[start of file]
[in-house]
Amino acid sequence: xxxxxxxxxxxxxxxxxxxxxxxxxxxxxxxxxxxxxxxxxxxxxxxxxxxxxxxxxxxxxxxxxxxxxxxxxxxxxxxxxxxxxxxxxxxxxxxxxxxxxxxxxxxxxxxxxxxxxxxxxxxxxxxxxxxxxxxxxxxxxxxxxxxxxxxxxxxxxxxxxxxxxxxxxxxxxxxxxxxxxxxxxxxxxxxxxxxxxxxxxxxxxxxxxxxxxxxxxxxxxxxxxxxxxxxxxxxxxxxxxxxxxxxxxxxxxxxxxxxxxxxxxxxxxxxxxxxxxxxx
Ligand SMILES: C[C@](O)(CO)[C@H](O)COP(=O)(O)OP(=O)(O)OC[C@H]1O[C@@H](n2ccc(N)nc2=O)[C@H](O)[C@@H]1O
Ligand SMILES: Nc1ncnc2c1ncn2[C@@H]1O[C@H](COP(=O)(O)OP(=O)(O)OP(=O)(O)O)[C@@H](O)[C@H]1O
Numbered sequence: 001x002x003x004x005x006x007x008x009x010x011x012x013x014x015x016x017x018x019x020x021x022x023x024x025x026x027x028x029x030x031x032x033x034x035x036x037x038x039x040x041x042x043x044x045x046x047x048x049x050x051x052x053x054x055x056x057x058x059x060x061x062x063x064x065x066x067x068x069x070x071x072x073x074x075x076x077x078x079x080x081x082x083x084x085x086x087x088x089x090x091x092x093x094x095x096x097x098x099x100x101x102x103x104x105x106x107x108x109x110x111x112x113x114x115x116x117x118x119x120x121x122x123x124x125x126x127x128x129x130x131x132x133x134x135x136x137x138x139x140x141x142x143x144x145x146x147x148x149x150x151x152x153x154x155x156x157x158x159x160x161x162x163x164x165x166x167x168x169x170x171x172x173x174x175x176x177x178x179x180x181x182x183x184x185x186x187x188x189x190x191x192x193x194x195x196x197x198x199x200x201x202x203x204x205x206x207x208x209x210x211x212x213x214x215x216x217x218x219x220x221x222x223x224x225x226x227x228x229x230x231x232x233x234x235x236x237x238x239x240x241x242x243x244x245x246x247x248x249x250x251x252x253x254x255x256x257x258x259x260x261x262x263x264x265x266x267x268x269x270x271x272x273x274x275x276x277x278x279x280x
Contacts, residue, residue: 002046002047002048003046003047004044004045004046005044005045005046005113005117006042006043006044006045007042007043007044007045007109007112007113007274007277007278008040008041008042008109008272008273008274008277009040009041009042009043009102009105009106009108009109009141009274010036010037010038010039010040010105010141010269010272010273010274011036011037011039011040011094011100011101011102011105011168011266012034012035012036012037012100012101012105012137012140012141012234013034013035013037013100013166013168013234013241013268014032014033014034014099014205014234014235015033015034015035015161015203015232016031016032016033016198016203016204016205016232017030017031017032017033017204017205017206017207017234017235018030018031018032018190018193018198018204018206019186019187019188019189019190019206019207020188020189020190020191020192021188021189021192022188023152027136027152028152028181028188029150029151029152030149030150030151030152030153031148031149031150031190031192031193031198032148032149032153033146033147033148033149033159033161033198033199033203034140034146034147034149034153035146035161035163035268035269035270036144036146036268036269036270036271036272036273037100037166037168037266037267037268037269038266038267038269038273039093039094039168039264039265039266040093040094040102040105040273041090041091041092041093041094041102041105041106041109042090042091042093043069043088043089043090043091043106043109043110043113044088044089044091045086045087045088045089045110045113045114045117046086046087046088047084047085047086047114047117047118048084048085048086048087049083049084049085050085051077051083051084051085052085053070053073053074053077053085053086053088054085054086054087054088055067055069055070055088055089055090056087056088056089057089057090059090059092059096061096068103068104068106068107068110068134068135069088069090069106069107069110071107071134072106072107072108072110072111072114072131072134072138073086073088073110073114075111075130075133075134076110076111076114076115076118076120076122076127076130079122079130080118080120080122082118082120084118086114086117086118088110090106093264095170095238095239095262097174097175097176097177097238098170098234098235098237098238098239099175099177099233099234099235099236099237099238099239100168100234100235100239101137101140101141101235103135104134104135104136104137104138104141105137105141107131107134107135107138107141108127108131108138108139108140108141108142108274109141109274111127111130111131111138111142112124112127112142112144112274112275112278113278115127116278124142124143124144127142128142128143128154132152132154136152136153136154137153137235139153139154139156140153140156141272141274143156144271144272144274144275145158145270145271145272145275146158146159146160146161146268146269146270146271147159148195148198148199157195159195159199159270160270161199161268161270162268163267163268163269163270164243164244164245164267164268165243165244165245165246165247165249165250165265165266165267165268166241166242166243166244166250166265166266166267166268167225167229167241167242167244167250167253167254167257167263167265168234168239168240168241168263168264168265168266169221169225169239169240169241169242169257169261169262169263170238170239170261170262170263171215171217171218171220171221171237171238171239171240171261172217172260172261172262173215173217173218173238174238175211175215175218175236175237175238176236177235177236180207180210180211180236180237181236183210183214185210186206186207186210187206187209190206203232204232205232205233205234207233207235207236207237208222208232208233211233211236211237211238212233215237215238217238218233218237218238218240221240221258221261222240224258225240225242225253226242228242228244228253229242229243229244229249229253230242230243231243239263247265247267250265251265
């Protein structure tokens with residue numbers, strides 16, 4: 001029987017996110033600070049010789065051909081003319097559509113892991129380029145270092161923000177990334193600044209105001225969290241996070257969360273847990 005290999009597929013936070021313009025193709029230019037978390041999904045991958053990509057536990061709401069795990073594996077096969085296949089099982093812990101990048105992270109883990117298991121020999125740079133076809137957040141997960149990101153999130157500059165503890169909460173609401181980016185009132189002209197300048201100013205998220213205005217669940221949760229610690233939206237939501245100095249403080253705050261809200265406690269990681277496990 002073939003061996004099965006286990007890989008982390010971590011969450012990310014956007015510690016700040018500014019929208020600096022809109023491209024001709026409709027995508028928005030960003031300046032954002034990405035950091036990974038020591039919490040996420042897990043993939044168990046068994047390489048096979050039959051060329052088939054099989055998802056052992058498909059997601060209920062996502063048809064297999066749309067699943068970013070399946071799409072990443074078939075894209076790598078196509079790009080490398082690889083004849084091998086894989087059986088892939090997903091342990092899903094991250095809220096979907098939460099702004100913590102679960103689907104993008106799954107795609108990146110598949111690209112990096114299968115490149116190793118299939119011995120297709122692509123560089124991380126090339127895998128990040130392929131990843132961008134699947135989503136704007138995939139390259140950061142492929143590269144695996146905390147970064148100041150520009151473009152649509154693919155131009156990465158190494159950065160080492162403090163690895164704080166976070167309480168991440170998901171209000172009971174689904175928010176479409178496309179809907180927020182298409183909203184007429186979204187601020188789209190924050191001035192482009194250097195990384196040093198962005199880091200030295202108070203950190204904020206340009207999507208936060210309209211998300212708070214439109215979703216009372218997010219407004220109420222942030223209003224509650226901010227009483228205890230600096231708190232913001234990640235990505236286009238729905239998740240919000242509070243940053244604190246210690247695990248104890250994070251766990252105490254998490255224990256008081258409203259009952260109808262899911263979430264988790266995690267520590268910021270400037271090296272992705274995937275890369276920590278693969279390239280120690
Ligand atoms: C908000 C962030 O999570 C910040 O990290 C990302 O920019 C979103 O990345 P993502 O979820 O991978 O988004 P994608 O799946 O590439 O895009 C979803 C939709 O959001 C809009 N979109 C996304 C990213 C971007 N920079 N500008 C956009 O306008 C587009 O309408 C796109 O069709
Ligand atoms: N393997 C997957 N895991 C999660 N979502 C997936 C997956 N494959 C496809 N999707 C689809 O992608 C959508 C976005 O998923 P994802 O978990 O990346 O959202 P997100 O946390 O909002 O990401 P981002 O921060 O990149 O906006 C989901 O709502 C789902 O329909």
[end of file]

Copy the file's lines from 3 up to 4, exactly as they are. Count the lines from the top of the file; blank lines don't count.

Ligand SMILES: C[C@](O)(CO)[C@H](O)COP(=O)(O)OP(=O)(O)OC[C@H]1O[C@@H](n2ccc(N)nc2=O)[C@H](O)[C@@H]1O
Ligand SMILES: Nc1ncnc2c1ncn2[C@@H]1O[C@H](COP(=O)(O)OP(=O)(O)OP(=O)(O)O)[C@@H](O)[C@H]1O